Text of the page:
The debate about a “religious freedom” law being considered in Indiana has been making national news. The issue is whether the law would allow discrimination against gays.

There has been a storm of protest both from inside and outside the state — with leading businesses threatening and threatened by a proposed boycott of the state; Silicon Valley, for the first time I can remember, taking effective political action; and Indiana legislators tripping over themselves to make sure everyone understands that the law is in no way intended to immunize or condone discrimination.

A decade ago, no one in their right mind would predict that I’d be writing these lines, much less about Indiana. Even in California, there was sensitivity as to how far the public might be pushed — people were still talking about whether gay-marriage initiatives encouraged Republican turnout and were responsible for Democratic losses. Proposition 8 passed, and gay leaders were divided as to the political merits of a federal court challenge.

How did the shoe get on the other foot so quickly? How is it that an issue that even liberal talking heads worried about is now, for all intents and purposes, the exclusive worry of Republican leaders? And make no mistake: It’s a real worry.

There are plenty of fiscal conservatives out there, including some who are gay themselves, who are looking for a Republican Party that protects their economic interests without judging their personal choices. As a Democrat, I can only say it’s a relief that that kind of Republican Party exists only in Massachusetts and only during the candidate’s tenure there.

How did all this change so quickly? The answer is one word: Politics. That business we all like to trash, the inexact and noisy collections of institutions, the meetings, the maze of rules, the imperfectly conducted and counted elections, the judicial system, sometimes too political and sometimes not political enough, has been zigzagging its way toward equality.

Of course, the political system does not operate in a vacuum. To put it another way, the political system isn’t limited to political institutions. It includes all of the “non-news” shows from which most Americans get their news, which include not only news-like programs, but scripted comedies and dramas that would have been at least courageous if not scandalous just a few years ago.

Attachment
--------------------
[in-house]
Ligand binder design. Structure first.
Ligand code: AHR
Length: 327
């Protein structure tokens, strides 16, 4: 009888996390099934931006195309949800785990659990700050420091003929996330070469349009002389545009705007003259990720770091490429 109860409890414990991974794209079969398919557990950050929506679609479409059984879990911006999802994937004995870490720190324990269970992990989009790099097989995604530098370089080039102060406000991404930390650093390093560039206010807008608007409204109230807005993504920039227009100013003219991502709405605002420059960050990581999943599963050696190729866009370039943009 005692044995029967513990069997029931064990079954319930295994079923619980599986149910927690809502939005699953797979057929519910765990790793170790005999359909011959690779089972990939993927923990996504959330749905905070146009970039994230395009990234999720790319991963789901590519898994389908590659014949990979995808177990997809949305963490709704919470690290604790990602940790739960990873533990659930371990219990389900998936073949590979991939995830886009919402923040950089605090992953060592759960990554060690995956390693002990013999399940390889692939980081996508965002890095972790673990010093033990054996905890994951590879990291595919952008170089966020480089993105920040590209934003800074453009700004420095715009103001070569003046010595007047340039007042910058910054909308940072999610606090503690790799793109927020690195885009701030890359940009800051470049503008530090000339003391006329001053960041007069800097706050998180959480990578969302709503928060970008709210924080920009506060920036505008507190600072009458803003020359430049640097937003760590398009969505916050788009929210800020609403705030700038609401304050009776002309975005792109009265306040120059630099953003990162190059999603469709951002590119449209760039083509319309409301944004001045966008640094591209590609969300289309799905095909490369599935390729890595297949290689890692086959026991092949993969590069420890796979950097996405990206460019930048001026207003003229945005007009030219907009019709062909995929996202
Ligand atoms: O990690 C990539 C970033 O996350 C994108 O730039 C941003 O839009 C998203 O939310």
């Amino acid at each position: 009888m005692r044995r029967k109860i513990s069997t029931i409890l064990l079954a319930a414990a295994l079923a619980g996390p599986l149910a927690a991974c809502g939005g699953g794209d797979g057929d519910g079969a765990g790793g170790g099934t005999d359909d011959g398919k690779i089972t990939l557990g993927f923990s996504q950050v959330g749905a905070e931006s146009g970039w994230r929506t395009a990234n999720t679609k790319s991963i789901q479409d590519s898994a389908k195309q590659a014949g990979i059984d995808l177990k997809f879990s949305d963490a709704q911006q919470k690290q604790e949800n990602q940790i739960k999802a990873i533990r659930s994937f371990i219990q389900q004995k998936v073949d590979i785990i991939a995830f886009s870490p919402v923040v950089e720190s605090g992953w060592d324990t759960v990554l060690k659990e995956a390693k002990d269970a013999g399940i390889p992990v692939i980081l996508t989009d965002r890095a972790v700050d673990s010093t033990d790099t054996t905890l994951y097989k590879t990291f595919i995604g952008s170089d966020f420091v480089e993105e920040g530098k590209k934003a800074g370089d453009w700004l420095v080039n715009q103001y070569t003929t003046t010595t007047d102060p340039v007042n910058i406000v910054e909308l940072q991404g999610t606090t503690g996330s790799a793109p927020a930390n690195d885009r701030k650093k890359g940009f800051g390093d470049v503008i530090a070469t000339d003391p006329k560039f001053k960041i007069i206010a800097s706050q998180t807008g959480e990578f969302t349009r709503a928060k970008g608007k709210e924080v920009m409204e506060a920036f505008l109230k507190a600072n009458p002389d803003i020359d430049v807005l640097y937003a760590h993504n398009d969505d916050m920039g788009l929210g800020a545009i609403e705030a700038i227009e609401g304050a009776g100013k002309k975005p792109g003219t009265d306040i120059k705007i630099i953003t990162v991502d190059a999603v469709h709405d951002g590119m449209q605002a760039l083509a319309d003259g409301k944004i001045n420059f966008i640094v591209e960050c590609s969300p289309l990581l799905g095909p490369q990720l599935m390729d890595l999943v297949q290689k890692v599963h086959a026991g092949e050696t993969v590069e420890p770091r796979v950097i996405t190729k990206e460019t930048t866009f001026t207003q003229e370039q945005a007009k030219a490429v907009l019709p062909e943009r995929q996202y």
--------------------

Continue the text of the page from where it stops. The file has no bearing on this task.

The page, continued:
Does anyone think of Modern Family as either? No. A gay couple adopts a child. Sure. Why not? Wednesday’s No. 1 show is tackling the once untouchable issue of homophobia.

Minds are changed in many ways — and faster today than ever before. While legislators in Indiana and Arkansas scramble to avoid the suggestion that they are anti-gay or would ever condone discrimination, it’s worth remembering just how recently they would have embraced such a bill, and the fact that they have yet to pass affirmative legislation providing state remedies in the event of discrimination.

So no celebration yet — but a sip of champagne seems in order. It wasn’t so long ago that everything happening now seemed likely to be decades away.

This is one of those instances in which the states really have been laboratories of democracy, as U.S. Supreme Court Justice Louis Brandeis once called them, and one in which our messy process has actually worked.

Susan Estrich is a best-selling author, the Robert Kingsley Professor of Law and Political Science at the USC Law Center and was campaign manager for 1988 Democratic presidential nominee Michael Dukakis. Click here to contact her or click here to read previous columns. The opinions expressed are her own.